Former UN Employee Jessica Nabongo Will Become the First Black Woman to Visit Every Country in the World

Jessica Nabongo
Jessica Nabongo | © Jessica Nabongo / Culture Trip

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Jessica Nabongo, a former UN employee turned entrepreneur and travel blogger, is set to become the first black woman to visit all 193 UN-recognised countries.

Travelling since the age of six, the Detroit native of Ugandan descent had already ticked eight countries off her list by the time she turned 18. Now Nabongo pursues her passion full time, with plans to hit her last country on her 35th birthday on May 15, 2019. Coining her adventure ‘the catch me if you can’, she launched a GoFundMe page, started an Instagram and, over time, began collaborating with brands to sponsor various aspects of her trip.

Jessica Nabongo

However, Nabongo’s mission extends beyond simply setting a record. Speaking with Culture Trip, the globally minded Renaissance woman explains why she decided to pack up and hit the road, and all that she hopes to achieve from her journey.

‘When I left the UN, I had been living abroad for seven years,’ Nabongo tells us. ‘I moved back to the US and started working for a consulting firm. It was my first time working in an American office space and I just hated it.’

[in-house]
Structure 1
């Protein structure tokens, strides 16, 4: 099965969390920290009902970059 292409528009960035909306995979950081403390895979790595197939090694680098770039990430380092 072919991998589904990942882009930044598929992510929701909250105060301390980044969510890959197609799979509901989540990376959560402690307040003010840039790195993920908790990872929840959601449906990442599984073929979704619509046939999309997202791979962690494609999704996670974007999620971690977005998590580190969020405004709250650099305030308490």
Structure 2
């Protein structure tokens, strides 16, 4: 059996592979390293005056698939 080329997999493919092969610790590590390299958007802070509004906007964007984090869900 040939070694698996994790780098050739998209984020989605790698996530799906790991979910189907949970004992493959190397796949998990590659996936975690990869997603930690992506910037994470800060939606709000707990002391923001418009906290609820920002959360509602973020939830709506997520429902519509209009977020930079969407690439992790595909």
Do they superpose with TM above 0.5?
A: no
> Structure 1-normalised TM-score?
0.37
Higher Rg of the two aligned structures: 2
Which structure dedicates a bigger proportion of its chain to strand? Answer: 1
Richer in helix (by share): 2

Jessica Nabongo

So Nabongo quit her job in Washington D.C. and launched Jet Black, a boutique travel agency that works with individual governments and brands to promote tourism to the African diaspora.

‘I studied development. I have travelled. I see that charity isn’t what is going to change the lives of poor people in other countries. Small and medium enterprise will do that,’ Nabongo explains. ‘It’s about bringing more money into the economy, and that’s what I push for with Jet Black.’

Nabongo hops back to the US whenever she can to see family and friends. Yet, despite her American passport, it is Nabongo’s own country that makes her feel the most unwelcome.

Jessica Nabongo

The entrepreneur recounts one especially terrifying return home: ‘I had just come off a flight and there was a US military officer standing right by the airplane doors. He asked me if he could see my passport. Being steps away from having to show the document to immigration, I said no twice. Then he put his finger on the trigger of his military-grade weapon and asked a third time. Obviously, I handed it over. He gave it straight back to me when he saw I was American.’

This experience occurred just weeks after the events of December 2009, when Umar Farouk Abdulmutallab attempted to detonate a bomb on a Northwest Airlines flight from Detroit to Amsterdam. Abdulmutallab was Nigerian. Nabongo was flying the same route, and feels this is why she was targeted.

But December 2009 is not the only time Nabongo has felt racially profiled. ‘The first time it happened was when I moved to Japan,’ she tells us. ‘And it’s because that’s when I shaved my head. With one haircut, the way the world saw me changed and that changed my life.’

Jessica Nabongo

Still, Nabongo insists that the majority of countries are very welcoming, and she is often surprised by the kindness of strangers.